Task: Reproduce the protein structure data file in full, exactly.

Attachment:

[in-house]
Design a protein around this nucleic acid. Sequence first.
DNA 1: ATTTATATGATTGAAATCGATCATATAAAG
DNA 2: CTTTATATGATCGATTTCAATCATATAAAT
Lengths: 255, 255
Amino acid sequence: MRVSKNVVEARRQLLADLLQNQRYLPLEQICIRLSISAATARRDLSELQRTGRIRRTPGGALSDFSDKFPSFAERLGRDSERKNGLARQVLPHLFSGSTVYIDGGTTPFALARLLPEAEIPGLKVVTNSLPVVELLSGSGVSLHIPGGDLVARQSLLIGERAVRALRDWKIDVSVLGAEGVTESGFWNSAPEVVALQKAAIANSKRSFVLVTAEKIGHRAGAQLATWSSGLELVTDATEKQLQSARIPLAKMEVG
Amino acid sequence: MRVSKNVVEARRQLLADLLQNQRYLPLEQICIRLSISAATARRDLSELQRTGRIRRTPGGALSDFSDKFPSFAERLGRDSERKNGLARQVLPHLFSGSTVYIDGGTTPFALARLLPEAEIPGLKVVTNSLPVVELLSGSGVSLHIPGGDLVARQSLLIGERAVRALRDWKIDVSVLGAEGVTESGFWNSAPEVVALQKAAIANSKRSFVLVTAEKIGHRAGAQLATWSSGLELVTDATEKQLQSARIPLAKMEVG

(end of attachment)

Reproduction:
[in-house]
Design a protein around this nucleic acid. Sequence first.
DNA 1: ATTTATATGATTGAAATCGATCATATAAAG
DNA 2: CTTTATATGATCGATTTCAATCATATAAAT
Lengths: 255, 255
Amino acid sequence: MRVSKNVVEARRQLLADLLQNQRYLPLEQICIRLSISAATARRDLSELQRTGRIRRTPGGALSDFSDKFPSFAERLGRDSERKNGLARQVLPHLFSGSTVYIDGGTTPFALARLLPEAEIPGLKVVTNSLPVVELLSGSGVSLHIPGGDLVARQSLLIGERAVRALRDWKIDVSVLGAEGVTESGFWNSAPEVVALQKAAIANSKRSFVLVTAEKIGHRAGAQLATWSSGLELVTDATEKQLQSARIPLAKMEVG
Amino acid sequence: MRVSKNVVEARRQLLADLLQNQRYLPLEQICIRLSISAATARRDLSELQRTGRIRRTPGGALSDFSDKFPSFAERLGRDSERKNGLARQVLPHLFSGSTVYIDGGTTPFALARLLPEAEIPGLKVVTNSLPVVELLSGSGVSLHIPGGDLVARQSLLIGERAVRALRDWKIDVSVLGAEGVTESGFWNSAPEVVALQKAAIANSKRSFVLVTAEKIGHRAGAQLATWSSGLELVTDATEKQLQSARIPLAKMEVG